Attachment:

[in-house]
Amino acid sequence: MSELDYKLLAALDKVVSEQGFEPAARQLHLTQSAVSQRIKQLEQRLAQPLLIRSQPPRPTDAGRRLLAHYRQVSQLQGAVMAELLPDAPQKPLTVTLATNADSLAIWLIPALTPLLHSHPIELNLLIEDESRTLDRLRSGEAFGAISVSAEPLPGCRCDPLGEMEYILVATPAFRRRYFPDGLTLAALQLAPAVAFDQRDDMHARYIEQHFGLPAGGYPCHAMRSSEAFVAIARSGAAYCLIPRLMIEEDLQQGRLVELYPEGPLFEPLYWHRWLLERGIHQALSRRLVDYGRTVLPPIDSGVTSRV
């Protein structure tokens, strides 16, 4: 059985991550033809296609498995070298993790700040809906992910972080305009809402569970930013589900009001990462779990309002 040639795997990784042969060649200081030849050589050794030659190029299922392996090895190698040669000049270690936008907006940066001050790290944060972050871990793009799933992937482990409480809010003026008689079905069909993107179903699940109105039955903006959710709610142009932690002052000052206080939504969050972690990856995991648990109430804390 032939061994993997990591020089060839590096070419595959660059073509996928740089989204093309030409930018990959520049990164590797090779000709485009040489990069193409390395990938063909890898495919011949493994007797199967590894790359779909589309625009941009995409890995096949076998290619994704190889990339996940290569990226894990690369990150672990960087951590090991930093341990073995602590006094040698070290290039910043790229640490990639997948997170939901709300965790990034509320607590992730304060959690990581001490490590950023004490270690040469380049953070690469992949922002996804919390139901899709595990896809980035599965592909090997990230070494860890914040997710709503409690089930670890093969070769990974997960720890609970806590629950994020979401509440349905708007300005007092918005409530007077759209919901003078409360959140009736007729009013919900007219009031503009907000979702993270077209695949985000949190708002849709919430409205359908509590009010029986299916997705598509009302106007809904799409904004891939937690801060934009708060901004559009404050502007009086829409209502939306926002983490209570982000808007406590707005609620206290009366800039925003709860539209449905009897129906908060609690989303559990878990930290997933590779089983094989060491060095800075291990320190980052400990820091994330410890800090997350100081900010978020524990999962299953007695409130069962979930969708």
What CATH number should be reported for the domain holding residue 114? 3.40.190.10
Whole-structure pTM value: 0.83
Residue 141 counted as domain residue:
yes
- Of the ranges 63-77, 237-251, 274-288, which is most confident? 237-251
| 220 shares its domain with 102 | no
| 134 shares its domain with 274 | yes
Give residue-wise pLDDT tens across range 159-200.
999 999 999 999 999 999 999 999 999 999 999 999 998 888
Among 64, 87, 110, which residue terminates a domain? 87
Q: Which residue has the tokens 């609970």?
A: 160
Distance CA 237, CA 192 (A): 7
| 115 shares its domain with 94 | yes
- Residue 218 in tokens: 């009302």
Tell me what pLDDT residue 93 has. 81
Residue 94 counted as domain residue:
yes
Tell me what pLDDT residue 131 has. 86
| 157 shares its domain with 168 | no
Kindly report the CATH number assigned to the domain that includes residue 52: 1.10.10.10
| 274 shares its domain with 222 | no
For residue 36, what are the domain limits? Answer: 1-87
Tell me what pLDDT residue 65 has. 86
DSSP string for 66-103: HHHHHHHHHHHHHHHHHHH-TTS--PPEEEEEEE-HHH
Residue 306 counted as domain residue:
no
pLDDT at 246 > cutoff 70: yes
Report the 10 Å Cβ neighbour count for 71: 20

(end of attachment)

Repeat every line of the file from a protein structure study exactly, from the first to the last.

[in-house]
Amino acid sequence: MSELDYKLLAALDKVVSEQGFEPAARQLHLTQSAVSQRIKQLEQRLAQPLLIRSQPPRPTDAGRRLLAHYRQVSQLQGAVMAELLPDAPQKPLTVTLATNADSLAIWLIPALTPLLHSHPIELNLLIEDESRTLDRLRSGEAFGAISVSAEPLPGCRCDPLGEMEYILVATPAFRRRYFPDGLTLAALQLAPAVAFDQRDDMHARYIEQHFGLPAGGYPCHAMRSSEAFVAIARSGAAYCLIPRLMIEEDLQQGRLVELYPEGPLFEPLYWHRWLLERGIHQALSRRLVDYGRTVLPPIDSGVTSRV
């Protein structure tokens, strides 16, 4: 059985991550033809296609498995070298993790700040809906992910972080305009809402569970930013589900009001990462779990309002 040639795997990784042969060649200081030849050589050794030659190029299922392996090895190698040669000049270690936008907006940066001050790290944060972050871990793009799933992937482990409480809010003026008689079905069909993107179903699940109105039955903006959710709610142009932690002052000052206080939504969050972690990856995991648990109430804390 032939061994993997990591020089060839590096070419595959660059073509996928740089989204093309030409930018990959520049990164590797090779000709485009040489990069193409390395990938063909890898495919011949493994007797199967590894790359779909589309625009941009995409890995096949076998290619994704190889990339996940290569990226894990690369990150672990960087951590090991930093341990073995602590006094040698070290290039910043790229640490990639997948997170939901709300965790990034509320607590992730304060959690990581001490490590950023004490270690040469380049953070690469992949922002996804919390139901899709595990896809980035599965592909090997990230070494860890914040997710709503409690089930670890093969070769990974997960720890609970806590629950994020979401509440349905708007300005007092918005409530007077759209919901003078409360959140009736007729009013919900007219009031503009907000979702993270077209695949985000949190708002849709919430409205359908509590009010029986299916997705598509009302106007809904799409904004891939937690801060934009708060901004559009404050502007009086829409209502939306926002983490209570982000808007406590707005609620206290009366800039925003709860539209449905009897129906908060609690989303559990878990930290997933590779089983094989060491060095800075291990320190980052400990820091994330410890800090997350100081900010978020524990999962299953007695409130069962979930969708």
What CATH number should be reported for the domain holding residue 114? 3.40.190.10
Whole-structure pTM value: 0.83
Residue 141 counted as domain residue:
yes
- Of the ranges 63-77, 237-251, 274-288, which is most confident? 237-251
| 220 shares its domain with 102 | no
| 134 shares its domain with 274 | yes
Give residue-wise pLDDT tens across range 159-200.
999 999 999 999 999 999 999 999 999 999 999 999 998 888
Among 64, 87, 110, which residue terminates a domain? 87
Q: Which residue has the tokens 């609970």?
A: 160
Distance CA 237, CA 192 (A): 7
| 115 shares its domain with 94 | yes
- Residue 218 in tokens: 């009302």
Tell me what pLDDT residue 93 has. 81
Residue 94 counted as domain residue:
yes
Tell me what pLDDT residue 131 has. 86
| 157 shares its domain with 168 | no
Kindly report the CATH number assigned to the domain that includes residue 52: 1.10.10.10
| 274 shares its domain with 222 | no
For residue 36, what are the domain limits? Answer: 1-87
Tell me what pLDDT residue 65 has. 86
DSSP string for 66-103: HHHHHHHHHHHHHHHHHHH-TTS--PPEEEEEEE-HHH
Residue 306 counted as domain residue:
no
pLDDT at 246 > cutoff 70: yes
Report the 10 Å Cβ neighbour count for 71: 20